Still plenty of positives with perennial blooms


Summer bedding has given way to plants for spring displays, and weather conditions have certainly taken a turn for the worse, but there are still plenty of positives around to brighten up the daylight hours.

Spray chrysanthemums in white, pink and cream continue to offer cut flowers for vases, herbaceous perennials keep blooming, and ever-reliable heathers are just getting into their stride.

There’s something very satisfying about growing chrysanthemums.

The process begins for me in February when perennial root systems (stools) of chosen plants saved from the previous year start to produce new shoots. These are rooted as stem cuttings in a heated propagating unit, potted-up in stages and go outdoors in May.

The early flowering types are planted straight into the garden, whilst the ‘lates’, those that bloom in November or December, stand outdoors in large pots until autumn.

We’re presently making sure that all those we wish to keep are labelled, ready for lifting, boxing-up in compost and standing on the cold greenhouse bench over winter.

There are still flower buds to open on some of the early spray types so should the weather suddenly deteriorate, they’ll be lifted with a large root ball and transplanted into the greenhouse border to bloom. Watering-in well is necessary, but the transition does work.

Meanwhile, the pot-grown late chrysanthemums are bristling with flower buds, but I’m delaying moving them indoors until it’s absolutely necessary.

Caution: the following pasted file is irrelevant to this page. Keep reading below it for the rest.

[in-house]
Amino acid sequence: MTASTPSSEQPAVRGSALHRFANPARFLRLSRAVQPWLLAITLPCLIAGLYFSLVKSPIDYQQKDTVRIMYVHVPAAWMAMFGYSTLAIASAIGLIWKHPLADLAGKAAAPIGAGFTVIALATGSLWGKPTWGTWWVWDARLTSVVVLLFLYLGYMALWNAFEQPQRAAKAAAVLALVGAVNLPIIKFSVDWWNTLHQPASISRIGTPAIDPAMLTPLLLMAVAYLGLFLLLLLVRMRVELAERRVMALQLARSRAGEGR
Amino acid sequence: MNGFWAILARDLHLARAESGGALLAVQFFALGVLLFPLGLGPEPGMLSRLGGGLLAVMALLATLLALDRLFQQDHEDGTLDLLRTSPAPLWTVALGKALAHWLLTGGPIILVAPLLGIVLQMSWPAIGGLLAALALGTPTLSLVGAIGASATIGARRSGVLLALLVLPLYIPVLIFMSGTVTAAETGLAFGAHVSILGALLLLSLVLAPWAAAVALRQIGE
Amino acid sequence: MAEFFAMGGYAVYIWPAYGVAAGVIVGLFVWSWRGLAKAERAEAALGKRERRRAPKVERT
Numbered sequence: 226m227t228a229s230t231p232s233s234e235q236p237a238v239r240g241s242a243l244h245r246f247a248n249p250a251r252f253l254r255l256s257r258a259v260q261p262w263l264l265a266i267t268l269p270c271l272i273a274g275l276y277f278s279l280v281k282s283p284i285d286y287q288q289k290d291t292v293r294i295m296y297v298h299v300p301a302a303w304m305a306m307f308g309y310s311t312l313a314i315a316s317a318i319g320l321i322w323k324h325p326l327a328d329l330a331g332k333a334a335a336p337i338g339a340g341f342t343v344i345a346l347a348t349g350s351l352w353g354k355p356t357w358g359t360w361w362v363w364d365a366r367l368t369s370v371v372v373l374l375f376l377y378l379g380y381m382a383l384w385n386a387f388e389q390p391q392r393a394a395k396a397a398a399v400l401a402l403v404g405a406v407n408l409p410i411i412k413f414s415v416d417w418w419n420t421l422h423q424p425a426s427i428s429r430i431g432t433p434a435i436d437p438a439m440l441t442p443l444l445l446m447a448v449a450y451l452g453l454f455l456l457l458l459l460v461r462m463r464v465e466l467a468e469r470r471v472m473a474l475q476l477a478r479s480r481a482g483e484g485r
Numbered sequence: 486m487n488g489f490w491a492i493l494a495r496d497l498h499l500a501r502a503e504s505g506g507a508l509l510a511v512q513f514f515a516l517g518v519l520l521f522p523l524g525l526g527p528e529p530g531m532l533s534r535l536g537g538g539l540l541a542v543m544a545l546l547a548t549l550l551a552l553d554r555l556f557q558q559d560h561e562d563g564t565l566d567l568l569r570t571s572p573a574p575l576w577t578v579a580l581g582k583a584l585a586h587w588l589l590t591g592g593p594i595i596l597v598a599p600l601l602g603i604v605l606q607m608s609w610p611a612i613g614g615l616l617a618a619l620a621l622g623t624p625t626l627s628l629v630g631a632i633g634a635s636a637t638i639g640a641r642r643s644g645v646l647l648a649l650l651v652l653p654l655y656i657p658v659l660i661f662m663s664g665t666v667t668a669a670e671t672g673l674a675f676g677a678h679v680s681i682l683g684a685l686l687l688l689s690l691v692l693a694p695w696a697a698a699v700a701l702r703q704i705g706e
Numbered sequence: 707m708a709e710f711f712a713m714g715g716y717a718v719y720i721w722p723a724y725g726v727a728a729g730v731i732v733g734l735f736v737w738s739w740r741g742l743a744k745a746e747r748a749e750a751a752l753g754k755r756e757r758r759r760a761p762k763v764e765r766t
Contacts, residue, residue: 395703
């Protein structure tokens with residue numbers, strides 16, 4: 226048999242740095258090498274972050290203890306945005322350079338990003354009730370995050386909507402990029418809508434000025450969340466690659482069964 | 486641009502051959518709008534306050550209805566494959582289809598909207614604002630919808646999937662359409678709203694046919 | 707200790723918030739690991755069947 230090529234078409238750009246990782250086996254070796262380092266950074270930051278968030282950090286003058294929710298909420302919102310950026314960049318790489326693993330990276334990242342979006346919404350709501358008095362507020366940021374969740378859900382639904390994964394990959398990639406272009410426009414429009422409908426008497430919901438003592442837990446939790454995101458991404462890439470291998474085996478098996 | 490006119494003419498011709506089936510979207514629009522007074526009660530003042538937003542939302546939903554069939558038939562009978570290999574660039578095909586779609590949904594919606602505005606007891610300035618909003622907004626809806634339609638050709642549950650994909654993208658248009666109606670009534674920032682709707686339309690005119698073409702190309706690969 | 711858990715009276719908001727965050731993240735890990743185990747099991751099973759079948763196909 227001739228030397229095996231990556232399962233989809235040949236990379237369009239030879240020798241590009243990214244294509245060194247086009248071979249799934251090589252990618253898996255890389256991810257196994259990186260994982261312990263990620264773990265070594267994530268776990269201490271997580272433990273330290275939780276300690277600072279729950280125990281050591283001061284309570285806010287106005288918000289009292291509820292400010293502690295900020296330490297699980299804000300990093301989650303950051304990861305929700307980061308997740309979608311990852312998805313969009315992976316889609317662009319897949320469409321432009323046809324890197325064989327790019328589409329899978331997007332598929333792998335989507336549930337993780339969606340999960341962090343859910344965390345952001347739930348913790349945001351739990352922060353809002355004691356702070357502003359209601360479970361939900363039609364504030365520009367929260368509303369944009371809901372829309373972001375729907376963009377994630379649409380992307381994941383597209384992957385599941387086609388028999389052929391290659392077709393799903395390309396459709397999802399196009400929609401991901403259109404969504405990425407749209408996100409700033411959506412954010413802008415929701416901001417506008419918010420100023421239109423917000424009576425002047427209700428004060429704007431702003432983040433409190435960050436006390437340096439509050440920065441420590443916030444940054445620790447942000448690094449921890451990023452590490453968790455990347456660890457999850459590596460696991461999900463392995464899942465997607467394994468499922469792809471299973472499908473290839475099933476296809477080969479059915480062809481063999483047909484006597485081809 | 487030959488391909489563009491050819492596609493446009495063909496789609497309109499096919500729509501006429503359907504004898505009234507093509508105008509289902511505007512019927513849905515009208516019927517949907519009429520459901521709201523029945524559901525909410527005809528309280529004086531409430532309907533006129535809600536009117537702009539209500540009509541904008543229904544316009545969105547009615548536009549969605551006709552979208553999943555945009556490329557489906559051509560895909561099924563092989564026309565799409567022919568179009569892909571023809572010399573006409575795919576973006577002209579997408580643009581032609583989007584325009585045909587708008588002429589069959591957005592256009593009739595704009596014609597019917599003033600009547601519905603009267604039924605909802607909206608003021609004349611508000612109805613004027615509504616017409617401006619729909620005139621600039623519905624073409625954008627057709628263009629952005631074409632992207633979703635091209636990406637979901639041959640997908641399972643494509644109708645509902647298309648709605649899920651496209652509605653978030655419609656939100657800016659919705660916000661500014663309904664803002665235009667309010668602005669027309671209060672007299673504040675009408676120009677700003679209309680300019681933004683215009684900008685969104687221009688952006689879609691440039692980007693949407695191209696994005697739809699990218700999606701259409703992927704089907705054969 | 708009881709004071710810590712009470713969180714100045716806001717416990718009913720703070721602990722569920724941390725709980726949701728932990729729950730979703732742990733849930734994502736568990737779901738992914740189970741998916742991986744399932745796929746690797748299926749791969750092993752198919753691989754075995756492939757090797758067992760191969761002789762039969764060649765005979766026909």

Helianthemum Lemon Queen is a tall perennial that needs supports, but what back-of-the-border value it is at this time. Flowering began in August and there’s no sign of fatigue as it reflects the slightest hint of sunshine. When the dormant period comes I’ll divide the clump into sections to brighten other parts of the garden.

The same can be said of certain rudbeckias, Helenium Moorheim Beauty and favourite Michaelmas daisies.

The smaller individual flowers of our hardy fuchsias might lack the wow of showy indoor types, but their autumn blooming en-masse is so attractive. We have a few varieties in this garden, such as riccartonii, genii, Tricolor, White Knight and Hawkshead. Soft stem cuttings root easily, even in November, and they’re such good space-fillers.

The other plant attraction in gardens recently has been the bulbous Nerine bowdenii. Short of dividing existing groups of those, they are available at the garden centre and collections are being advertised.

Calluna vulgaris, the not-so-common moorland heather, has given rise to several stunning cultivars over time. These perform well in most garden soils, the flowering spikes growing to 15cm or more, making them ideal for October-November garden display or decorative vases.

These are followed by Erica carnea, the winter heather, best planted in groups of three or five for instant effect.